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Picturing the Past

Juried exhibition of Paleoart
How do we have any idea what a living Tyrannosaurus rex looked like? How did an animal no human has ever seen become an instantly recognizable figure in books and movies and on museum walls?
From the beginning of modern paleontology, artists have been inspired to reconstruct the life appearance of extinct plants and animals. Their paleontological art, or paleoart, shapes the core of our vision of the prehistoric world.
We have a mental picture of what extinct animals like T. rex looked like because paleoartists studied the fossils, reconstructed the locations of muscles and masses of flesh, and estimated what sort of skin and colors and behaviors would be realistic to depict. Paleoartists draw upon the work of paleontologists to inspire their art, and their art in turn has inspired generations of young paleontologists.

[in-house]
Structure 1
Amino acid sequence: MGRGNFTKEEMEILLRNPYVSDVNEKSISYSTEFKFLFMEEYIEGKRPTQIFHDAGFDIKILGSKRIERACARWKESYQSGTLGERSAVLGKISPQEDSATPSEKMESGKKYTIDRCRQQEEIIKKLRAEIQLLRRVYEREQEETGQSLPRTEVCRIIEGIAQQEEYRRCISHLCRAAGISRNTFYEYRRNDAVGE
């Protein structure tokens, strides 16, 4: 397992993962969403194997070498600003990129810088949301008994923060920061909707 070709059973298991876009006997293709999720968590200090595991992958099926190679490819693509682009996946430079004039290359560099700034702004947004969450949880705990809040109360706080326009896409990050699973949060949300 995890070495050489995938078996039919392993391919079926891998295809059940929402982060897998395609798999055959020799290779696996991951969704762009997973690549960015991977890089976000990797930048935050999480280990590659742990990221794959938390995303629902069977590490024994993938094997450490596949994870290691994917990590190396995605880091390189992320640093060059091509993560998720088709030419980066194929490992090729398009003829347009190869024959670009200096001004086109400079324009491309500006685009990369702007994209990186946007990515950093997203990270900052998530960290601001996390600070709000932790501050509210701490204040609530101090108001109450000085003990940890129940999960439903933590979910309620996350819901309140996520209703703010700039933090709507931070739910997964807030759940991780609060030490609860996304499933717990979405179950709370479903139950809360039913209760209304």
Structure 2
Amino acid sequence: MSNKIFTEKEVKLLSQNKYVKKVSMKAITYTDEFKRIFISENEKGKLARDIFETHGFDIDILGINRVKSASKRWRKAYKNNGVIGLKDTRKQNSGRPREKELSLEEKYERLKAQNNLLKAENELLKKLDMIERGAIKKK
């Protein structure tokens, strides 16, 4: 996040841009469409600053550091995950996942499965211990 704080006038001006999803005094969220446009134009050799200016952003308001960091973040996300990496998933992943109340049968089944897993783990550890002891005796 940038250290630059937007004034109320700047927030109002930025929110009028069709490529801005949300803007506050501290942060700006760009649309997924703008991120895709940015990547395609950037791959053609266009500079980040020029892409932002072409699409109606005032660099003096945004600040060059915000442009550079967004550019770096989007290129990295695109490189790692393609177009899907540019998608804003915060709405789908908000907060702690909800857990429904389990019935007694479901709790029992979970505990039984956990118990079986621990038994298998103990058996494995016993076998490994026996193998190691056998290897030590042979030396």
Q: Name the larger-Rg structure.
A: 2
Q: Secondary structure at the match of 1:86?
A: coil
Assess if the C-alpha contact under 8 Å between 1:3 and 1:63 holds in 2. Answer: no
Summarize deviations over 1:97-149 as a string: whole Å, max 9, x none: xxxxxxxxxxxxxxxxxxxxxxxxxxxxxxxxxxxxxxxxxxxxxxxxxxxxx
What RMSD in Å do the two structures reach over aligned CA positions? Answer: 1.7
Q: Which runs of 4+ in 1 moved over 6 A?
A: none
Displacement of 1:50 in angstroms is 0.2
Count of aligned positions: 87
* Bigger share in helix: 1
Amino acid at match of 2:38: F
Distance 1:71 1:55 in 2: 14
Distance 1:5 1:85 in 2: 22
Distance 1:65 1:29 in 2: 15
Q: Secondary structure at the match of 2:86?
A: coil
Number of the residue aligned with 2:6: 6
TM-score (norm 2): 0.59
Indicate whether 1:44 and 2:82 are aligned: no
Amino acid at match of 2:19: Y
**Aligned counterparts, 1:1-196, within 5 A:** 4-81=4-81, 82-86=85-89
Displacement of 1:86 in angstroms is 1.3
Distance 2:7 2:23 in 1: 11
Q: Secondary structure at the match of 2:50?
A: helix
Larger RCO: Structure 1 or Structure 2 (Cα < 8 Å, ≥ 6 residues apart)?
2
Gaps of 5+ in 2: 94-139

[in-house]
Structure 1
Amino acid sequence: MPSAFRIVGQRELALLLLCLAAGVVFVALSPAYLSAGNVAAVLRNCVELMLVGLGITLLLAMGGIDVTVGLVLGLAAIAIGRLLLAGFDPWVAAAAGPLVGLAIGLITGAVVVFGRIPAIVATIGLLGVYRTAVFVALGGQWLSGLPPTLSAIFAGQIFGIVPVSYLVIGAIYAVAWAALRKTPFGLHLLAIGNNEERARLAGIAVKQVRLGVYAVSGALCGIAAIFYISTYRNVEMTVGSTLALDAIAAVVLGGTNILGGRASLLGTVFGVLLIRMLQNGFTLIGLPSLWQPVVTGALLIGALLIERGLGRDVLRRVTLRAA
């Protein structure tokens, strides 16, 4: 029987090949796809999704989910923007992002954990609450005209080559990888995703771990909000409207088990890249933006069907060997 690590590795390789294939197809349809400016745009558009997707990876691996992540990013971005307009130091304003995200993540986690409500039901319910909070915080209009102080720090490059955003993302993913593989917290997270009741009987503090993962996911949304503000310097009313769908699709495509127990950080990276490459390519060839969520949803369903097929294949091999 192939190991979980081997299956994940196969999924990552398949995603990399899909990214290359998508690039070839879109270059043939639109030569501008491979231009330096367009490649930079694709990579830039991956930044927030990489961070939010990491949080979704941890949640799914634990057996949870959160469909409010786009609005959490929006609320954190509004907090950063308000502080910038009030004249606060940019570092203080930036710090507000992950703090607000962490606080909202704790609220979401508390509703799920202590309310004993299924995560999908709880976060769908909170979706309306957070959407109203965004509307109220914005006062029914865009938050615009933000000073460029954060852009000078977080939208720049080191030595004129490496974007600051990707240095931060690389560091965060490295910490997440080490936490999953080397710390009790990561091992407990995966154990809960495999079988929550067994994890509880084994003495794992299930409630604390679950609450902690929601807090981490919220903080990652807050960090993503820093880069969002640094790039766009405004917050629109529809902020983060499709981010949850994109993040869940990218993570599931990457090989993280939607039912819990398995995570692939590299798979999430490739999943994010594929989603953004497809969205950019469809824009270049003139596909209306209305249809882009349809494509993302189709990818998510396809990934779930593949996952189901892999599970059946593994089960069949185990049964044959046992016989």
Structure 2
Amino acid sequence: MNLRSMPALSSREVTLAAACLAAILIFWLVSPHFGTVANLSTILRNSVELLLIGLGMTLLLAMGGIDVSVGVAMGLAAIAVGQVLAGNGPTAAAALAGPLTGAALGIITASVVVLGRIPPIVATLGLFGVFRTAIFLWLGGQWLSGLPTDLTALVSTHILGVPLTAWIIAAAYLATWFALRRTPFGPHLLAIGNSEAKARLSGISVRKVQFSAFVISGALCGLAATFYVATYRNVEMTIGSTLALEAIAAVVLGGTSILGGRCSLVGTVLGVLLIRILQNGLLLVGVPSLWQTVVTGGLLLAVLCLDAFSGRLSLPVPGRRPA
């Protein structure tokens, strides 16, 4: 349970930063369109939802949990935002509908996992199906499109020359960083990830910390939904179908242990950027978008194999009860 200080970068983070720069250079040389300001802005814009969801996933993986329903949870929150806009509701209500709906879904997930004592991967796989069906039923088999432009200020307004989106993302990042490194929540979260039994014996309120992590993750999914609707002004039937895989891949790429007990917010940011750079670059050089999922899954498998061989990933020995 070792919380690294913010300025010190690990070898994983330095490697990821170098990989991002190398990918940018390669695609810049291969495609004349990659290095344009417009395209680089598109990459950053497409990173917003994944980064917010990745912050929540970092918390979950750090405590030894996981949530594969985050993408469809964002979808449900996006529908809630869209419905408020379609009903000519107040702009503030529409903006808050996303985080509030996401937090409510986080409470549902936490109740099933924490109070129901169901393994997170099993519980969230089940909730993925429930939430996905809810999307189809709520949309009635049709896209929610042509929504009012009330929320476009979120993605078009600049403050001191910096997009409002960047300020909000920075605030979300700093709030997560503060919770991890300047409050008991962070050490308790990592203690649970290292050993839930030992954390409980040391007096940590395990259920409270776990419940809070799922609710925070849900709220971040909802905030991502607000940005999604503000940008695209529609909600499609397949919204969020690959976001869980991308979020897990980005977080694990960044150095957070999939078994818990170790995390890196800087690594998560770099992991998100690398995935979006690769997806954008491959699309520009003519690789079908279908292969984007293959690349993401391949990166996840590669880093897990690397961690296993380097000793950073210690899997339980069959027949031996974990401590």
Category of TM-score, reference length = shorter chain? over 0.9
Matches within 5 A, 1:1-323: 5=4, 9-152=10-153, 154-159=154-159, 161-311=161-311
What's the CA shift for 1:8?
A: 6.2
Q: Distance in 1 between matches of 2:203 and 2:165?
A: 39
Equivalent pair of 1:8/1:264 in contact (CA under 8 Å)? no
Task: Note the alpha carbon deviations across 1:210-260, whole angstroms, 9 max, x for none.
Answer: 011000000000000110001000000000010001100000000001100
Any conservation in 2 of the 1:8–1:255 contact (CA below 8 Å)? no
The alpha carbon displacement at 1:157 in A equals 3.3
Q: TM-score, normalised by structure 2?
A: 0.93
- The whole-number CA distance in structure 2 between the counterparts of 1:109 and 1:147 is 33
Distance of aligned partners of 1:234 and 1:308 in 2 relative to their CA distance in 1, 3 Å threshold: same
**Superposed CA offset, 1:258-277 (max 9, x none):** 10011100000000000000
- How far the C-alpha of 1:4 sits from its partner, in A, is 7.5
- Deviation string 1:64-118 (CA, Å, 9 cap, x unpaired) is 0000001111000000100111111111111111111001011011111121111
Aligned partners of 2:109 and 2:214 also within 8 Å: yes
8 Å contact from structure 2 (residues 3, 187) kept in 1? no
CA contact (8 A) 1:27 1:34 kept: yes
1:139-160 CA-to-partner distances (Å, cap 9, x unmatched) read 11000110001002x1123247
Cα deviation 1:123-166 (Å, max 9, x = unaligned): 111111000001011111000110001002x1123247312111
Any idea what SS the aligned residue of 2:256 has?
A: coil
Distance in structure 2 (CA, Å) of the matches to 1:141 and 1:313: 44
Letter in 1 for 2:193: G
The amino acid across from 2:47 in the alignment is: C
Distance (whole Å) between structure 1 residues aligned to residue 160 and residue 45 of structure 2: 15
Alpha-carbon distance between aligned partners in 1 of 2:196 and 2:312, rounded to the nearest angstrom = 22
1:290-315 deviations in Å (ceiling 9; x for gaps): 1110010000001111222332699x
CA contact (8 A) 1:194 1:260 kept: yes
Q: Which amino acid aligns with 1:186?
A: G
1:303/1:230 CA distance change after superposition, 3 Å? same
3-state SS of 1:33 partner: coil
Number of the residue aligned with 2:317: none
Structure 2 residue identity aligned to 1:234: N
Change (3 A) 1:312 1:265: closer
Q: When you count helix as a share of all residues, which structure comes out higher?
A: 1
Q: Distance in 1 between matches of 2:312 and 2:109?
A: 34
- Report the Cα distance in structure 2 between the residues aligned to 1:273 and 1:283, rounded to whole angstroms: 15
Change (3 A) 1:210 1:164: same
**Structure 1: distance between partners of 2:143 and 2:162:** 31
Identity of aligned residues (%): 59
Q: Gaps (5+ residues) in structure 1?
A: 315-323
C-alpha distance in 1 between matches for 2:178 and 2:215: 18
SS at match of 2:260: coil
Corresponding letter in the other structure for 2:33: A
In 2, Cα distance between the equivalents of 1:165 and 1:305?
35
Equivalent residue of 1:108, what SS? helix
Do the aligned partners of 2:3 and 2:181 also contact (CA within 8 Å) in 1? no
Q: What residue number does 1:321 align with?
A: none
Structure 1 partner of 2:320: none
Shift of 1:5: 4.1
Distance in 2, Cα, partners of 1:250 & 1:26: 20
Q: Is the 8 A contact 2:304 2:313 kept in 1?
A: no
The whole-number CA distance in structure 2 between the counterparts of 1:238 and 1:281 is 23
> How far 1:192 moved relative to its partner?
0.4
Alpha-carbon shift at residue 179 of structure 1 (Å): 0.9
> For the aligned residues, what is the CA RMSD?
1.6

Today, dozens of artists around the world continue this tradition. Through their study of fossils and anatomy, discussions with paleontologists, and mastery of artistic media, these paleoartists go beyond the bones to bring the fossil record to back to life.

In this exhibition, you will find the largest exhibition of contemporary paleoart assembled in over a decade. A jury of paleontologists, paleoartists and paleoart collectors reviewed more than 300 entries and selected these 85 works for display.

Please enjoy this journey into the past, presented by some of the best paleoartists working today.


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